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The Centenarian Question: Old-Age Mortality in the Soviet Union, 1897 to 1970
Lea Keil Garson
Vol. 45, No. 2 (Jul., 1991), pp. 265-278
Stable URL: http://www.jstor.org/stable/2174783
Page Count: 14
You can always find the topics here!Topics: Age, Censuses, Life tables, Mortality, Life expectancy, Age distribution, Longevity, Age groups, Population estimates, Census data
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There is a long history of claims of extraordinary longevity among the populations of the Soviet Union, and the Russian Empire before it, especially in the Caucasus region. Exceptionally high proportions of centenarians have been reported in the censuses, and much publicity has accompanied the announcements of `super-centenarians' living well beyond 150 years. The major question regarding this phenomenon of supposed extraordinary longevity is whether the claims are, indeed, true or, rather, the result of age exaggeration. This paper examines the available Russian and Soviet census and mortality data from 1897 to 1970 in order to assess Soviet claims of extraordinary numbers of centenarians. A detailed analysis of age overstatement in the census data and death registration statistics shows that the long history of longevity claims goes hand in hand with a long history of age overstatement. The extraordinary longevity observed in the Soviet Union is in all likelihood the result of that age overstatement.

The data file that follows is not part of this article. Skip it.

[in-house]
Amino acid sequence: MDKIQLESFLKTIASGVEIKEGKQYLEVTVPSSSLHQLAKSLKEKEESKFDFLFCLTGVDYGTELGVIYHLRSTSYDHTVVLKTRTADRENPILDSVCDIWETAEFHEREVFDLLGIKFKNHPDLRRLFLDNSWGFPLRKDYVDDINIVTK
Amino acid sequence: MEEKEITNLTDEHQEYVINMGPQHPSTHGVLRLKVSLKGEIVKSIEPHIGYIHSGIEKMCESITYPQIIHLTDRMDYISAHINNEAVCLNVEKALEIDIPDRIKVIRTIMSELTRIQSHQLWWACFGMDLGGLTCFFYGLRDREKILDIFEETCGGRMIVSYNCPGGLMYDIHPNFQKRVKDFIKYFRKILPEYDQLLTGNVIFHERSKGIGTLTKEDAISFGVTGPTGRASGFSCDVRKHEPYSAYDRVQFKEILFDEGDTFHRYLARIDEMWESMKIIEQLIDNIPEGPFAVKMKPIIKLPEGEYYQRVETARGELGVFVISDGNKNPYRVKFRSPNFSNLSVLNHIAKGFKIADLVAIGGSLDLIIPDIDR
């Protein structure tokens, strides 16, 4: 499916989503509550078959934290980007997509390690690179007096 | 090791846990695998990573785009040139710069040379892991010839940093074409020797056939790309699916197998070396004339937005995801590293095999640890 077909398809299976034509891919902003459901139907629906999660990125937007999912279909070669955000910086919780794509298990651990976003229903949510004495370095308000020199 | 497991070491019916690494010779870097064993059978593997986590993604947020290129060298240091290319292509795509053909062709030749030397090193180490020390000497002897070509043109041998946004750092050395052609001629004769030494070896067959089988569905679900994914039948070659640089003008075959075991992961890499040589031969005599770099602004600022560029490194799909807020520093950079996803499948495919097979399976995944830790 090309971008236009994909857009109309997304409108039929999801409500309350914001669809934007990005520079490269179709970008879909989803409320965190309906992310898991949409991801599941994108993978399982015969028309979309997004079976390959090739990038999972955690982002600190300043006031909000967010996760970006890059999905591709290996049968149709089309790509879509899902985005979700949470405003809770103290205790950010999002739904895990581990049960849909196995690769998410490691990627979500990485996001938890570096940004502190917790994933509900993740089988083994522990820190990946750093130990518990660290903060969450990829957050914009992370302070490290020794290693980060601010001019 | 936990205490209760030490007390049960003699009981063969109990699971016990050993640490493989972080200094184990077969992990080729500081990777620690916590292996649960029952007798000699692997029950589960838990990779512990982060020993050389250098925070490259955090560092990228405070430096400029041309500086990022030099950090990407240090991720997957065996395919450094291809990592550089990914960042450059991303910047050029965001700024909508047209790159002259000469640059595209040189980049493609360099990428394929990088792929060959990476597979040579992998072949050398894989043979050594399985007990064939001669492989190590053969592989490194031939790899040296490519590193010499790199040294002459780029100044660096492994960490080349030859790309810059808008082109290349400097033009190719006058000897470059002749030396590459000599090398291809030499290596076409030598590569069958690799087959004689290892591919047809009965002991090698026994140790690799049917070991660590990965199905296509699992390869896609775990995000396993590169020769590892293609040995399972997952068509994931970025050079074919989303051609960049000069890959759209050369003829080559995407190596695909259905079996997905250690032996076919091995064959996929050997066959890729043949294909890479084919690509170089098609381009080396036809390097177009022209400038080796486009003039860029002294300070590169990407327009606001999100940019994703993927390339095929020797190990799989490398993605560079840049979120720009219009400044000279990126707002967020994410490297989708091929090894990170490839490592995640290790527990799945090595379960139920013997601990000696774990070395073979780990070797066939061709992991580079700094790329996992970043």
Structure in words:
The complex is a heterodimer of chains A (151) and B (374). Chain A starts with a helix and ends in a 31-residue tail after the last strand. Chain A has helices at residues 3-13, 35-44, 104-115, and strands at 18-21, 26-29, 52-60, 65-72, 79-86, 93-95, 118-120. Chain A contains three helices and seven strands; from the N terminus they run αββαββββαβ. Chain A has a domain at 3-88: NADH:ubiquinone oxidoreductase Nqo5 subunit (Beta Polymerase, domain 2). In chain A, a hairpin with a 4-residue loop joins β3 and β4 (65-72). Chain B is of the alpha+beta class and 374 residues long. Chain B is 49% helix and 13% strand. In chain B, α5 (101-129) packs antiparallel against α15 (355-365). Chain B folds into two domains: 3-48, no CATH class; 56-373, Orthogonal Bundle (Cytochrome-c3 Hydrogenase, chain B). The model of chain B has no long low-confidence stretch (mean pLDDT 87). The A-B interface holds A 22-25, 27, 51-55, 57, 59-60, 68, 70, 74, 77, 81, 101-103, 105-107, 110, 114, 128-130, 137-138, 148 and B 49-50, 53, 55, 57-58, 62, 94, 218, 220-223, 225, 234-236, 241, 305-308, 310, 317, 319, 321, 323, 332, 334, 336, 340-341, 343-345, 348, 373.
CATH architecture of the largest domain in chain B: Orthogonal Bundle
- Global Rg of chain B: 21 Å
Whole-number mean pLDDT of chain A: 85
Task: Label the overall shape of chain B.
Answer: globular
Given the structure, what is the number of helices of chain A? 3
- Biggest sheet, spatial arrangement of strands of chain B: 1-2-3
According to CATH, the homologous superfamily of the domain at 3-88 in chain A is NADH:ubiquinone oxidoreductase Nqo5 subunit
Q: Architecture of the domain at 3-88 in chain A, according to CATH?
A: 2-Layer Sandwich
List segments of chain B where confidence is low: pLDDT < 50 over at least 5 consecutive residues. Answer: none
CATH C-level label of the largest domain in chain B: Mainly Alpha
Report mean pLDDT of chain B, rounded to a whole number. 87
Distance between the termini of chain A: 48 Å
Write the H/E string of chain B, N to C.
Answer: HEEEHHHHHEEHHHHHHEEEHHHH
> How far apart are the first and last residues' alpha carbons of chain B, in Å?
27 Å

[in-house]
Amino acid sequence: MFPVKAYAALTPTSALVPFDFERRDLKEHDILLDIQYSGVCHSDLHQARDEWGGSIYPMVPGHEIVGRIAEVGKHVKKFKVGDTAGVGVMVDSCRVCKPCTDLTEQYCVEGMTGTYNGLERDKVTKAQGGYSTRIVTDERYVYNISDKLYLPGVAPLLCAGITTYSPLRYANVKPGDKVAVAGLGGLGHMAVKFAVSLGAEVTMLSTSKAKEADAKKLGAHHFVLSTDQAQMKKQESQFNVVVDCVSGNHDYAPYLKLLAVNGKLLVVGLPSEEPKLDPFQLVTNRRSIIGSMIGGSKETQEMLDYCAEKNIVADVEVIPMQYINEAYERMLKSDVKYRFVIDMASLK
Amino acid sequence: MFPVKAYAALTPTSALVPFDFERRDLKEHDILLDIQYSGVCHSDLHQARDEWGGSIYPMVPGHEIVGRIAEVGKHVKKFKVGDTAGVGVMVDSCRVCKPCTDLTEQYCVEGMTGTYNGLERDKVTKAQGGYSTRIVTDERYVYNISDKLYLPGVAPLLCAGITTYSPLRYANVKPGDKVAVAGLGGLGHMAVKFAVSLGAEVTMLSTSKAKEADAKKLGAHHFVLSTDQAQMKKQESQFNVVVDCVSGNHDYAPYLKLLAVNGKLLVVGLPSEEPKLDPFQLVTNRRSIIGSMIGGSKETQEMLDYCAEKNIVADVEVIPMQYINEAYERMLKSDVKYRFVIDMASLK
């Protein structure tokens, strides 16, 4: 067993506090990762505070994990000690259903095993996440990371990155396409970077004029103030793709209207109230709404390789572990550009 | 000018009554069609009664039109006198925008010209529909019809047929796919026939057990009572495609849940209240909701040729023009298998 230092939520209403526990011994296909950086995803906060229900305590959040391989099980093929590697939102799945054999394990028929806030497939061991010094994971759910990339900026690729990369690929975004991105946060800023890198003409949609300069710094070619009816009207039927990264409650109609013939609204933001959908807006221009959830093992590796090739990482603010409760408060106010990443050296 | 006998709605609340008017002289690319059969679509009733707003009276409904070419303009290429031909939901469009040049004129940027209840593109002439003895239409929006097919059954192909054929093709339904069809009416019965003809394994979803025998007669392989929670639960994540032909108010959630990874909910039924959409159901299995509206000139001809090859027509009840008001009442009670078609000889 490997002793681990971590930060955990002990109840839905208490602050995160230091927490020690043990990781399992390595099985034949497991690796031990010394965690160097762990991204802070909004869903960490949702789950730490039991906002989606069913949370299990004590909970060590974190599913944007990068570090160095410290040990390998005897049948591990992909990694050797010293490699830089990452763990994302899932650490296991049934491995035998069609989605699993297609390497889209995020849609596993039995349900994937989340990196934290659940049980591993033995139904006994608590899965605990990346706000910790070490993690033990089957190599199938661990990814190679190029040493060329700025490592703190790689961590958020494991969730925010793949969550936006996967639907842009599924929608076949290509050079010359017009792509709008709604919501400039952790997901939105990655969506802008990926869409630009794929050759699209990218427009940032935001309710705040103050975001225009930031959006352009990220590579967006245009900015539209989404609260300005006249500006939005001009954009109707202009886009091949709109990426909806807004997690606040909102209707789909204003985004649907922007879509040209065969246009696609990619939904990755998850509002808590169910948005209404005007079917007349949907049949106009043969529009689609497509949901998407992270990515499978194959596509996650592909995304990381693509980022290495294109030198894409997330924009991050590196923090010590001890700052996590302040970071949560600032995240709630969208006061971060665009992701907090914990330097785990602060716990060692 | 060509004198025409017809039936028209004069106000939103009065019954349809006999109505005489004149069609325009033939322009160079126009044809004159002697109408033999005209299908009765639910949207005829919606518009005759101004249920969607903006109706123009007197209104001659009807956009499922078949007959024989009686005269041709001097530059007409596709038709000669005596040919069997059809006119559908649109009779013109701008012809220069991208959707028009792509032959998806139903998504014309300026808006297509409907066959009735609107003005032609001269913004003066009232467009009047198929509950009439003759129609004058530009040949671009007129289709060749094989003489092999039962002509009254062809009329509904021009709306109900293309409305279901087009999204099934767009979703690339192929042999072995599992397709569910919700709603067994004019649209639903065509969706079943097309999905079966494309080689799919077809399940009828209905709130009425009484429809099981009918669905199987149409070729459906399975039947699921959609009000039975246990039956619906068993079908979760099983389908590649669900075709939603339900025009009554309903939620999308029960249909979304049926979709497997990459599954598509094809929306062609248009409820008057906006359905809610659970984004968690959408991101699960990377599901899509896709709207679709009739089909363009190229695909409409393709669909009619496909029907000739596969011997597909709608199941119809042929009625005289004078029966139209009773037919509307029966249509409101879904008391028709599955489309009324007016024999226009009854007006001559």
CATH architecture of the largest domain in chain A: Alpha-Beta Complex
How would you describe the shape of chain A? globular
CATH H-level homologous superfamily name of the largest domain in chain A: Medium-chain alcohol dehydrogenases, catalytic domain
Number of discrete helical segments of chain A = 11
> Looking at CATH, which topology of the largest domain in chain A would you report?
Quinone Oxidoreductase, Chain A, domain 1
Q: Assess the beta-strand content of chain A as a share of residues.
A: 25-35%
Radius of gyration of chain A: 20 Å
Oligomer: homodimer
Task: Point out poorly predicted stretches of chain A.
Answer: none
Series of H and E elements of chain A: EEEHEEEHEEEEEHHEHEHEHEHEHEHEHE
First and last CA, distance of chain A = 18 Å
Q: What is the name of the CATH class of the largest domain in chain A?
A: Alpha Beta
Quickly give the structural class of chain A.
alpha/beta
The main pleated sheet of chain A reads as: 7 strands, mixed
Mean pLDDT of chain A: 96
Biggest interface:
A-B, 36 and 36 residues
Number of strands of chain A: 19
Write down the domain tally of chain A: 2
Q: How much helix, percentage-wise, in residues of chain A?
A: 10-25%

Population Studies © 1991 Population Investigation Committee